How to Change the Default SSH Port on Ubuntu 20.04

Changing the Default SSH Port By default, the SSH port is 22. Since it is the default, hackers scanning ports will look for this, so we should change it to something more random. This helps avaoid brute force attacks!

Terms and Placeholders

SERVER-IP - Replace this with the ip number of your server MYUSER - Replace this with the username you will use for normal logins to the server "Bob, Joe, Linda, etc"

Step 1 - Changing the Port Number

Start by opening the SSH configuration:

$ sudo nano /etc/ssh/sshd_config

In the file, you will see. commented out line for the port number like this:

#Port 22

Now just uncomment it, and change it to a more obscure number that is higher than 1024. For example:

Port 5535

Now save the file by hitting [CTRL-X] then Y, then [ENTER]

Step 2 - Adjusting the Firewall

Assuming you followed our Ubuntu 20.04 - Initial Setup tutorial, you will have setup a rule in the UFW firewall to allow Port 22 for OpenSSH. We need to remove this now and change it to our new port. Enter the following command:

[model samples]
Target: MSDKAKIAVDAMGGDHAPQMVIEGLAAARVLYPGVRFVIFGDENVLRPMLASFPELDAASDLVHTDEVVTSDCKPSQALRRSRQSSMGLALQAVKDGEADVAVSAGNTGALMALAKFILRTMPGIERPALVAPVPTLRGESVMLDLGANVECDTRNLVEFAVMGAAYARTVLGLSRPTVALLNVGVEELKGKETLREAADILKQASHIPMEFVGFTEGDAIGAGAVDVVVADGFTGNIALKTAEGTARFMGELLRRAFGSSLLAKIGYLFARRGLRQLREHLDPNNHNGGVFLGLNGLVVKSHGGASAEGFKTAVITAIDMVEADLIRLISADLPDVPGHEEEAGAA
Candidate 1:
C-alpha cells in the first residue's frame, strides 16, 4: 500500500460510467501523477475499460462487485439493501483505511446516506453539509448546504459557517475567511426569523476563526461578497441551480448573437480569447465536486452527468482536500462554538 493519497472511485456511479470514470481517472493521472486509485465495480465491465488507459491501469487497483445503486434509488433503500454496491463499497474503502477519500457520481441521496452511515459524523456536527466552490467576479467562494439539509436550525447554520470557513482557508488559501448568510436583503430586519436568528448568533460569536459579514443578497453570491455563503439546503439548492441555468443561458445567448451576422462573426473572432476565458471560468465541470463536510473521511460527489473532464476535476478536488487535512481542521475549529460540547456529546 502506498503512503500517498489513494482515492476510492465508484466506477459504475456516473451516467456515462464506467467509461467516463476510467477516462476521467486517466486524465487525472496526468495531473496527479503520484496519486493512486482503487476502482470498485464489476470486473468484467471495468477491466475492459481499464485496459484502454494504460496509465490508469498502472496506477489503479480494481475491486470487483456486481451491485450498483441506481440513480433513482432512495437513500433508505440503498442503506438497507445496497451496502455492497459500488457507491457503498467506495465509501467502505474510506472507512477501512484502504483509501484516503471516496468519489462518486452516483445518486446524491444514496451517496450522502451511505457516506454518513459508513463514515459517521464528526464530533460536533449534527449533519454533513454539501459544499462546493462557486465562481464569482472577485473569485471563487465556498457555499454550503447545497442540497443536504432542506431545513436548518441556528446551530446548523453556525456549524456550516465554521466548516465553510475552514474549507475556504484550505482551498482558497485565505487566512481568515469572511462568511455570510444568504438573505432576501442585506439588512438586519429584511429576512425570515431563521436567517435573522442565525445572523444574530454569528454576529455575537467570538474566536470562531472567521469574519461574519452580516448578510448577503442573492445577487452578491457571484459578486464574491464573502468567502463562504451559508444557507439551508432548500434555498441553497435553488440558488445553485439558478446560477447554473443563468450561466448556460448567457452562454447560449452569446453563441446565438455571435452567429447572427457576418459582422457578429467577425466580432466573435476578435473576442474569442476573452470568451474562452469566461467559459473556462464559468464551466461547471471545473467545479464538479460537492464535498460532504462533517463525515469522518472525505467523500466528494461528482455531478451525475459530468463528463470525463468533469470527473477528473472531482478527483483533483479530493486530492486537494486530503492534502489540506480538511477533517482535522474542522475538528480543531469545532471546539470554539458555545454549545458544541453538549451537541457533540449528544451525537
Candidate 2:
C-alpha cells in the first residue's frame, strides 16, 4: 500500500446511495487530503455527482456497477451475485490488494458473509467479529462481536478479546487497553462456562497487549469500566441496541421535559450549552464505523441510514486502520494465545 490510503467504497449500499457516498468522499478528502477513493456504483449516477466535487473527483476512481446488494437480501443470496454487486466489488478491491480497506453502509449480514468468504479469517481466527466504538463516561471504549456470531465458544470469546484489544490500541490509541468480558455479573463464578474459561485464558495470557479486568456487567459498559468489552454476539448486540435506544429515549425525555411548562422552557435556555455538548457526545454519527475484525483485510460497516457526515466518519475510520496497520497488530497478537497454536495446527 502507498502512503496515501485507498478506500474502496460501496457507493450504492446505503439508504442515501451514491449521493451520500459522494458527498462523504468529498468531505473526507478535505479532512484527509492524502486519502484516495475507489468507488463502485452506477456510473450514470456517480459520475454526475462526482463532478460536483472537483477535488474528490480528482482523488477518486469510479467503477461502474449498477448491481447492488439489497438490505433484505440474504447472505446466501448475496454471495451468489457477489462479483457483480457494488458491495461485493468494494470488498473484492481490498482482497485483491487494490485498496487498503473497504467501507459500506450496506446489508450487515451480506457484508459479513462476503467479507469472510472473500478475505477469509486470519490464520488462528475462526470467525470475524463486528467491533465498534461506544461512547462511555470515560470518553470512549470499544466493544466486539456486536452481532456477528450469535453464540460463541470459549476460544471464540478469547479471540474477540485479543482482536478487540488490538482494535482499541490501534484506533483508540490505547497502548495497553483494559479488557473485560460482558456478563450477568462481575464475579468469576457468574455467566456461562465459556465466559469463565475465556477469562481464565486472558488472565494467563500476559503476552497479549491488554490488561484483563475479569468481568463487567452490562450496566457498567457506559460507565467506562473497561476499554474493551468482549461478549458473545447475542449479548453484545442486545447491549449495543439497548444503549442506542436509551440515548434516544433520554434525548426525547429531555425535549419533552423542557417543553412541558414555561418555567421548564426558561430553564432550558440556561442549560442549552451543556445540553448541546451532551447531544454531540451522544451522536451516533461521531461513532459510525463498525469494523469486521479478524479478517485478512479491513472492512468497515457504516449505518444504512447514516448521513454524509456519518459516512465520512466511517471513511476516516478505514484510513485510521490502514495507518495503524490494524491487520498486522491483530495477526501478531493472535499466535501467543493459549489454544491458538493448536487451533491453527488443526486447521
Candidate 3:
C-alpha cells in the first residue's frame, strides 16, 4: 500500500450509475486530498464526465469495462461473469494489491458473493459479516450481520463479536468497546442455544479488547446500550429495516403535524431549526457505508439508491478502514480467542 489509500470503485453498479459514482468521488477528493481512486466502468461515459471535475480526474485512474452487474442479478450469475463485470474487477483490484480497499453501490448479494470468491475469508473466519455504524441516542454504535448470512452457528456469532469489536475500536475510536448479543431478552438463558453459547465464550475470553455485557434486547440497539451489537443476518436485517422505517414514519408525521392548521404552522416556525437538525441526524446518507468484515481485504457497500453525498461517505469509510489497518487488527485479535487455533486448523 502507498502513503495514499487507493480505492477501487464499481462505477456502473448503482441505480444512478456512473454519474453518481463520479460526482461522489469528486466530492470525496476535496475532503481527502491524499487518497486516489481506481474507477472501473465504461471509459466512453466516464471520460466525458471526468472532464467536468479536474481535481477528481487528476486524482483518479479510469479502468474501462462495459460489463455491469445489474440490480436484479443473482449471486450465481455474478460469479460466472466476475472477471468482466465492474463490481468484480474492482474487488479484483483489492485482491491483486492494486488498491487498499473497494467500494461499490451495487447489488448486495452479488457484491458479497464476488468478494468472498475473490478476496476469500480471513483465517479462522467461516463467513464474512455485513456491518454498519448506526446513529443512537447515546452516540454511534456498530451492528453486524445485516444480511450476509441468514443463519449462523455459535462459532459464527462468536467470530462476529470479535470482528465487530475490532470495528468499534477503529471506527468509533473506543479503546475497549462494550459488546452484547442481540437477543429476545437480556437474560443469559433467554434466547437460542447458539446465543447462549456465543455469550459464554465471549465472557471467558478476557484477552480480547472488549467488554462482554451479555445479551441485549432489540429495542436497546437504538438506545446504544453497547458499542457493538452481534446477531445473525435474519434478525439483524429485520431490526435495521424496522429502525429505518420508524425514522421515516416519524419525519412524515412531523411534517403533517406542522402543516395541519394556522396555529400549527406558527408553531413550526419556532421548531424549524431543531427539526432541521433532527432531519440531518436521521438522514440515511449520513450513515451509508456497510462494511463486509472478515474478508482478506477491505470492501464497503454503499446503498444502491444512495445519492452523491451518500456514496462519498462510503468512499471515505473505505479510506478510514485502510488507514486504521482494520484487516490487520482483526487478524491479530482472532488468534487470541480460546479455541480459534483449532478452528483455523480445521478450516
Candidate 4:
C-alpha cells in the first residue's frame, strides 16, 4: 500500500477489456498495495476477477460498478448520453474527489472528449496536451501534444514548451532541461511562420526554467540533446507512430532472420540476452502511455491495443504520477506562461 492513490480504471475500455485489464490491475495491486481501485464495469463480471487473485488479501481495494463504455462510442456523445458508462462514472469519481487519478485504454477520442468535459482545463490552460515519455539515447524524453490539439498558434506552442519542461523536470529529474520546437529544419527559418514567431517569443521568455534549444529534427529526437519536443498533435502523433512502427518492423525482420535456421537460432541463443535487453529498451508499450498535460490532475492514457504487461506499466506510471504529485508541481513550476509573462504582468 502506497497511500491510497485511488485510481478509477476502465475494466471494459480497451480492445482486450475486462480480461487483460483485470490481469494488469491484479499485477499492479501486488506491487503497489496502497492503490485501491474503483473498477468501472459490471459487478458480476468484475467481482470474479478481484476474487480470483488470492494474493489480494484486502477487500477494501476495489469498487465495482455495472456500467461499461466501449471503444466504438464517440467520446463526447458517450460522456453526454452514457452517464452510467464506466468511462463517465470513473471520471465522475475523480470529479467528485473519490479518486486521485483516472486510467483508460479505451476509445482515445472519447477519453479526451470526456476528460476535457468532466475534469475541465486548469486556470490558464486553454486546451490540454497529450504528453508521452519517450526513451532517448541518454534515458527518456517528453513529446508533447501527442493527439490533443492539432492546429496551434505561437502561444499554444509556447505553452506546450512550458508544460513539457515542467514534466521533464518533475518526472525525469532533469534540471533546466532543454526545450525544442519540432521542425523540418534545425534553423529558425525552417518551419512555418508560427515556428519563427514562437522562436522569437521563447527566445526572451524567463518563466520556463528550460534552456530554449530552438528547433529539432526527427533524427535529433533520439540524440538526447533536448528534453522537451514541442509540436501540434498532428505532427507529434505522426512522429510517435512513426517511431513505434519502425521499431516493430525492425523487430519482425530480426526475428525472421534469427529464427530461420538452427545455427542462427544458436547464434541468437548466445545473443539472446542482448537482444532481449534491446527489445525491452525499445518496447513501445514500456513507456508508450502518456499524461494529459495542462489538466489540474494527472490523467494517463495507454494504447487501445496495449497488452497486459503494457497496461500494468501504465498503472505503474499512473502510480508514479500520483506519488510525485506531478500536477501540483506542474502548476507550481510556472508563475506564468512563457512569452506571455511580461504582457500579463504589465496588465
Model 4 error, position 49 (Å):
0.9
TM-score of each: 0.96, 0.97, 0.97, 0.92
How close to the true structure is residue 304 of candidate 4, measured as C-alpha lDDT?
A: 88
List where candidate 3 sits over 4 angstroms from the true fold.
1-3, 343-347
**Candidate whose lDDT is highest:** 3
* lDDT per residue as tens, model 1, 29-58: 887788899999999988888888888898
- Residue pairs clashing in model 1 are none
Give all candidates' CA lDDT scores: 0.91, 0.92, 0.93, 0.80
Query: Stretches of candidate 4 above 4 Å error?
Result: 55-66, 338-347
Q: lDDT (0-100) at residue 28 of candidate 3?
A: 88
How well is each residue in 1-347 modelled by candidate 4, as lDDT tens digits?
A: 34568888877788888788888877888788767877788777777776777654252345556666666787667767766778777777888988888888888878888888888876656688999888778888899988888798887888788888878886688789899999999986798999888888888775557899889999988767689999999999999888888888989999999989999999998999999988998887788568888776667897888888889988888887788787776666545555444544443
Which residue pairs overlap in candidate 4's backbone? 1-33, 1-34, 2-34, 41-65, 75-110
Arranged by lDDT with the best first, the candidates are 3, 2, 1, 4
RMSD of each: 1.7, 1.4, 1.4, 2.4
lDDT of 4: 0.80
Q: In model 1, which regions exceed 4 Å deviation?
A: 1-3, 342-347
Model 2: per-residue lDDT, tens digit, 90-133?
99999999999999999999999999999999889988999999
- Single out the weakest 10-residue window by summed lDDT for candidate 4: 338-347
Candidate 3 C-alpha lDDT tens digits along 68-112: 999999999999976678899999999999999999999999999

$ sudo ufw status numbered

You should see the following output:

     To                         Action      From
     --                         ------      ----
[ 1] OpenSSH                    ALLOW IN    Anywhere   
[ 2] OpenSSH (v6)               ALLOW IN    Anywhere (v6)    

We need to delete these:

$ sudo ufw delete 1

Press y + [ENTER] to proceed with the operation. Now there should only be one, so we repeat the same command again.

$ sudo ufw delete 1

Press y + [ENTER] to proceed with the operation. Now enter this command:

$ sudo ufw status

All you should see now is

Status: active

Now we need to add in the port number we created earler for SSH

$ sudo ufw allow 5535

*If you didn't use 5535 in the config file above, use whatever number you entered.

Finally, we need to reload the firewall and relaod the sshd service:

$ sudo systemctl reload sshd

Step 3 - SSH Back Into Your Server

For this part, open a new terminal window without disconnecting from the one you are working in. This way you suill have the original one open in case you made a mistake and need to go back and make a change.

Now if you open a terminal window and try to login to your server, you should not be able to get in. Go ahead and try from your local computer:


You should not be able to get in. The reason is that now you need to add -p, followed by the port number you created after ssh. for example:

ssh -p 5535 MYUSER@SERVER-IP

And now you should be back into your server using an obscure port!

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